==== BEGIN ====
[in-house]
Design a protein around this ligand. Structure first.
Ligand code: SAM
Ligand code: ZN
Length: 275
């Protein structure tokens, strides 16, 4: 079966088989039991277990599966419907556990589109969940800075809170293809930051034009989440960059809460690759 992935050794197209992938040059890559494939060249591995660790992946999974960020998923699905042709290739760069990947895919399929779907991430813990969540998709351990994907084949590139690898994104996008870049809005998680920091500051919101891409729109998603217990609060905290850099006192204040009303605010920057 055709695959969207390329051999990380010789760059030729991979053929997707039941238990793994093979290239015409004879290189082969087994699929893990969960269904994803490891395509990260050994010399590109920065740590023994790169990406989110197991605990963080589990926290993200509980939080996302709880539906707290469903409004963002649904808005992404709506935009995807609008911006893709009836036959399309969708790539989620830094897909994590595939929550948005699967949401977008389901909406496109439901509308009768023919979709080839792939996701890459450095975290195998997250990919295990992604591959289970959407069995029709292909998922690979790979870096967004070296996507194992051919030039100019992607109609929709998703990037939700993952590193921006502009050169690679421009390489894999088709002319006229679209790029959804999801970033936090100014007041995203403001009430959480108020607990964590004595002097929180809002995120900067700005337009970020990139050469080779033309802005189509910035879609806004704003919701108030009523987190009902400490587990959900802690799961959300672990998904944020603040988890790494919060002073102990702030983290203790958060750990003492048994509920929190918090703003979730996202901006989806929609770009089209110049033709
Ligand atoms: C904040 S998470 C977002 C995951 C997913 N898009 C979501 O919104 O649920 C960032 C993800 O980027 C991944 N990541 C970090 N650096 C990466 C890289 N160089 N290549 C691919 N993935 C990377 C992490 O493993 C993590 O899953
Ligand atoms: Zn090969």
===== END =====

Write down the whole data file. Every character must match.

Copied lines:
[in-house]
Design a protein around this ligand. Structure first.
Ligand code: SAM
Ligand code: ZN
Length: 275
């Protein structure tokens, strides 16, 4: 079966088989039991277990599966419907556990589109969940800075809170293809930051034009989440960059809460690759 992935050794197209992938040059890559494939060249591995660790992946999974960020998923699905042709290739760069990947895919399929779907991430813990969540998709351990994907084949590139690898994104996008870049809005998680920091500051919101891409729109998603217990609060905290850099006192204040009303605010920057 055709695959969207390329051999990380010789760059030729991979053929997707039941238990793994093979290239015409004879290189082969087994699929893990969960269904994803490891395509990260050994010399590109920065740590023994790169990406989110197991605990963080589990926290993200509980939080996302709880539906707290469903409004963002649904808005992404709506935009995807609008911006893709009836036959399309969708790539989620830094897909994590595939929550948005699967949401977008389901909406496109439901509308009768023919979709080839792939996701890459450095975290195998997250990919295990992604591959289970959407069995029709292909998922690979790979870096967004070296996507194992051919030039100019992607109609929709998703990037939700993952590193921006502009050169690679421009390489894999088709002319006229679209790029959804999801970033936090100014007041995203403001009430959480108020607990964590004595002097929180809002995120900067700005337009970020990139050469080779033309802005189509910035879609806004704003919701108030009523987190009902400490587990959900802690799961959300672990998904944020603040988890790494919060002073102990702030983290203790958060750990003492048994509920929190918090703003979730996202901006989806929609770009089209110049033709
Ligand atoms: C904040 S998470 C977002 C995951 C997913 N898009 C979501 O919104 O649920 C960032 C993800 O980027 C991944 N990541 C970090 N650096 C990466 C890289 N160089 N290549 C691919 N993935 C990377 C992490 O493993 C993590 O899953
Ligand atoms: Zn090969």